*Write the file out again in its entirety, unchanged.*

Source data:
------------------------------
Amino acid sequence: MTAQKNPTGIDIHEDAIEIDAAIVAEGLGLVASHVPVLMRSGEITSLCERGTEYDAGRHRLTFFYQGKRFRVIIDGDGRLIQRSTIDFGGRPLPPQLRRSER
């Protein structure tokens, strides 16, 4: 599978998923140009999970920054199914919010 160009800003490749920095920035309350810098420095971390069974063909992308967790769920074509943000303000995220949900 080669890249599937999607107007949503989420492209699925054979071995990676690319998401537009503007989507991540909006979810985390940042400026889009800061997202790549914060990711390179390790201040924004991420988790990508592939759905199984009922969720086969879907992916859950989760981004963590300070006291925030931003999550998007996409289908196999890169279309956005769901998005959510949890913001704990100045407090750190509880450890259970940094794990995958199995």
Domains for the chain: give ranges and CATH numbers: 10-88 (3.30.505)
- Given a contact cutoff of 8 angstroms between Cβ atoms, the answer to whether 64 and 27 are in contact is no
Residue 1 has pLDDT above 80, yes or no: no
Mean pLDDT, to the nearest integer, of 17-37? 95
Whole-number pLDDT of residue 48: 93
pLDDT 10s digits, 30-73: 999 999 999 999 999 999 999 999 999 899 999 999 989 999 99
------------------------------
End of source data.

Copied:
Amino acid sequence: MTAQKNPTGIDIHEDAIEIDAAIVAEGLGLVASHVPVLMRSGEITSLCERGTEYDAGRHRLTFFYQGKRFRVIIDGDGRLIQRSTIDFGGRPLPPQLRRSER
């Protein structure tokens, strides 16, 4: 599978998923140009999970920054199914919010 160009800003490749920095920035309350810098420095971390069974063909992308967790769920074509943000303000995220949900 080669890249599937999607107007949503989420492209699925054979071995990676690319998401537009503007989507991540909006979810985390940042400026889009800061997202790549914060990711390179390790201040924004991420988790990508592939759905199984009922969720086969879907992916859950989760981004963590300070006291925030931003999550998007996409289908196999890169279309956005769901998005959510949890913001704990100045407090750190509880450890259970940094794990995958199995």
Domains for the chain: give ranges and CATH numbers: 10-88 (3.30.505)
- Given a contact cutoff of 8 angstroms between Cβ atoms, the answer to whether 64 and 27 are in contact is no
Residue 1 has pLDDT above 80, yes or no: no
Mean pLDDT, to the nearest integer, of 17-37? 95
Whole-number pLDDT of residue 48: 93
pLDDT 10s digits, 30-73: 999 999 999 999 999 999 999 999 999 899 999 999 989 999 99